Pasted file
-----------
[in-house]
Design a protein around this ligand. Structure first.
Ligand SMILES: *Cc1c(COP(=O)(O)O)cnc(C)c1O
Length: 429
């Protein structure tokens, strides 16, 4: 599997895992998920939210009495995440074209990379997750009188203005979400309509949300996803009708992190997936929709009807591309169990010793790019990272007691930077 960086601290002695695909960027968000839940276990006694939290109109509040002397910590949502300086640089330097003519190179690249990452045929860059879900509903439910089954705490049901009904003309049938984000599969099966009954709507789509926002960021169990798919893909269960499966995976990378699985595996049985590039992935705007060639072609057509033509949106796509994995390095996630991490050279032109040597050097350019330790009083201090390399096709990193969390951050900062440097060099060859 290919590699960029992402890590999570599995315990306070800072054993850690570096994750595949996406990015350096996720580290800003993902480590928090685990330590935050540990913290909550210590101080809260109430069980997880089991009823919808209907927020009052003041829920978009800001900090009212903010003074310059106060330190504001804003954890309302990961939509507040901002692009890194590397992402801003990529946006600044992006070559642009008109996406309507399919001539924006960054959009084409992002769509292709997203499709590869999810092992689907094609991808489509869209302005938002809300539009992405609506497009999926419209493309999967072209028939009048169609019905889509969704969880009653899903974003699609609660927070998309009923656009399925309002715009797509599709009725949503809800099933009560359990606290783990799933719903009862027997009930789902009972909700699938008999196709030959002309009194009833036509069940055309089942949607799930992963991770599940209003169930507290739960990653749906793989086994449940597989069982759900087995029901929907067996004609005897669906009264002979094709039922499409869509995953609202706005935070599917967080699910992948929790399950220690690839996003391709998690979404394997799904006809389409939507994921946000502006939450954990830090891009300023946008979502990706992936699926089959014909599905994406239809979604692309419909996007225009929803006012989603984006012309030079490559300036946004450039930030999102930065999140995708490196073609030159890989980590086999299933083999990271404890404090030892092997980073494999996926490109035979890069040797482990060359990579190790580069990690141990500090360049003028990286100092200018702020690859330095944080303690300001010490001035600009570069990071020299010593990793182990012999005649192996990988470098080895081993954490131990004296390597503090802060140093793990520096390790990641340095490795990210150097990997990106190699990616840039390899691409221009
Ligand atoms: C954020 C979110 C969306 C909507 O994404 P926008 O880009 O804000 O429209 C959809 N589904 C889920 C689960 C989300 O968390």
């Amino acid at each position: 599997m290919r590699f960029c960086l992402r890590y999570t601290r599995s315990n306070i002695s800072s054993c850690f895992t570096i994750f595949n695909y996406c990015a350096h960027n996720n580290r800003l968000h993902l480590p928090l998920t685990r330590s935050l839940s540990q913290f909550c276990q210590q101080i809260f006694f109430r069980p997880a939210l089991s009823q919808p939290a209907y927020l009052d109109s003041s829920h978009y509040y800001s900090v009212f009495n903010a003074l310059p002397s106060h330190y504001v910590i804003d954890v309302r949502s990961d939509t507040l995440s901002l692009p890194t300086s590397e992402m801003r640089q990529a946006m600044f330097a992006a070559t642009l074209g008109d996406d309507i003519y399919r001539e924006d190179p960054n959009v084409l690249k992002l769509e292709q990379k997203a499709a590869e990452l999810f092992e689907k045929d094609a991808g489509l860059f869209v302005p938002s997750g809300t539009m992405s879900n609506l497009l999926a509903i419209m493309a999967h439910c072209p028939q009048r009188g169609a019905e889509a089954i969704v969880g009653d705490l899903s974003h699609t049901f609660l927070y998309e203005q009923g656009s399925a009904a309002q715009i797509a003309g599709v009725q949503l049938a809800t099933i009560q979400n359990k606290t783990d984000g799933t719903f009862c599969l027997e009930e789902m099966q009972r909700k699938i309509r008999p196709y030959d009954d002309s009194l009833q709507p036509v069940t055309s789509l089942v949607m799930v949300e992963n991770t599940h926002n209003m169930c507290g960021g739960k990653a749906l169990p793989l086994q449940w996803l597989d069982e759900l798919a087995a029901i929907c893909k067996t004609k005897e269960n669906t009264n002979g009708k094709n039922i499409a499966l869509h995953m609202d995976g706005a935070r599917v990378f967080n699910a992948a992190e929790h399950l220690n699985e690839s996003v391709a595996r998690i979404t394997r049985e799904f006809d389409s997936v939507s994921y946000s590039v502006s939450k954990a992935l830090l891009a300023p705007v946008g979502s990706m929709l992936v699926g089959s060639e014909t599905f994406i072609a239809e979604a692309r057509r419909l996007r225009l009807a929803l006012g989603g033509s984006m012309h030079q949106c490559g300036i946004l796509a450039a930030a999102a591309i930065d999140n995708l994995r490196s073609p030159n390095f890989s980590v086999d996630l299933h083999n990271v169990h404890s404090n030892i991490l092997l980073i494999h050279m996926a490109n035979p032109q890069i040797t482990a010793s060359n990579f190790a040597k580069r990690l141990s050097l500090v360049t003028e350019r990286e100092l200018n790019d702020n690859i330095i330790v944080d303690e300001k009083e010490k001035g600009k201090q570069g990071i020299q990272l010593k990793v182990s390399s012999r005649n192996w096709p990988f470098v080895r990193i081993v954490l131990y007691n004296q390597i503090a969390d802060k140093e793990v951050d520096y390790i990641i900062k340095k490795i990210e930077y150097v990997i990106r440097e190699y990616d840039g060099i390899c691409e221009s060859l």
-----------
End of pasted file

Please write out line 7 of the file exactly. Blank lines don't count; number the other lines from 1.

């Amino acid at each position: 599997m290919r590699f960029c960086l992402r890590y999570t601290r599995s315990n306070i002695s800072s054993c850690f895992t570096i994750f595949n695909y996406c990015a350096h960027n996720n580290r800003l968000h993902l480590p928090l998920t685990r330590s935050l839940s540990q913290f909550c276990q210590q101080i809260f006694f109430r069980p997880a939210l089991s009823q919808p939290a209907y927020l009052d109109s003041s829920h978009y509040y800001s900090v009212f009495n903010a003074l310059p002397s106060h330190y504001v910590i804003d954890v309302r949502s990961d939509t507040l995440s901002l692009p890194t300086s590397e992402m801003r640089q990529a946006m600044f330097a992006a070559t642009l074209g008109d996406d309507i003519y399919r001539e924006d190179p960054n959009v084409l690249k992002l769509e292709q990379k997203a499709a590869e990452l999810f092992e689907k045929d094609a991808g489509l860059f869209v302005p938002s997750g809300t539009m992405s879900n609506l497009l999926a509903i419209m493309a999967h439910c072209p028939q009048r009188g169609a019905e889509a089954i969704v969880g009653d705490l899903s974003h699609t049901f609660l927070y998309e203005q009923g656009s399925a009904a309002q715009i797509a003309g599709v009725q949503l049938a809800t099933i009560q979400n359990k606290t783990d984000g799933t719903f009862c599969l027997e009930e789902m099966q009972r909700k699938i309509r008999p196709y030959d009954d002309s009194l009833q709507p036509v069940t055309s789509l089942v949607m799930v949300e992963n991770t599940h926002n209003m169930c507290g960021g739960k990653a749906l169990p793989l086994q449940w996803l597989d069982e759900l798919a087995a029901i929907c893909k067996t004609k005897e269960n669906t009264n002979g009708k094709n039922i499409a499966l869509h995953m609202d995976g706005a935070r599917v990378f967080n699910a992948a992190e929790h399950l220690n699985e690839s996003v391709a595996r998690i979404t394997r049985e799904f006809d389409s997936v939507s994921y946000s590039v502006s939450k954990a992935l830090l891009a300023p705007v946008g979502s990706m929709l992936v699926g089959s060639e014909t599905f994406i072609a239809e979604a692309r057509r419909l996007r225009l009807a929803l006012g989603g033509s984006m012309h030079q949106c490559g300036i946004l796509a450039a930030a999102a591309i930065d999140n995708l994995r490196s073609p030159n390095f890989s980590v086999d996630l299933h083999n990271v169990h404890s404090n030892i991490l092997l980073i494999h050279m996926a490109n035979p032109q890069i040797t482990a010793s060359n990579f190790a040597k580069r990690l141990s050097l500090v360049t003028e350019r990286e100092l200018n790019d702020n690859i330095i330790v944080d303690e300001k009083e010490k001035g600009k201090q570069g990071i020299q990272l010593k990793v182990s390399s012999r005649n192996w096709p990988f470098v080895r990193i081993v954490l131990y007691n004296q390597i503090a969390d802060k140093e793990v951050d520096y390790i990641i900062k340095k490795i990210e930077y150097v990997i990106r440097e190699y990616d840039g060099i390899c691409e221009s060859l």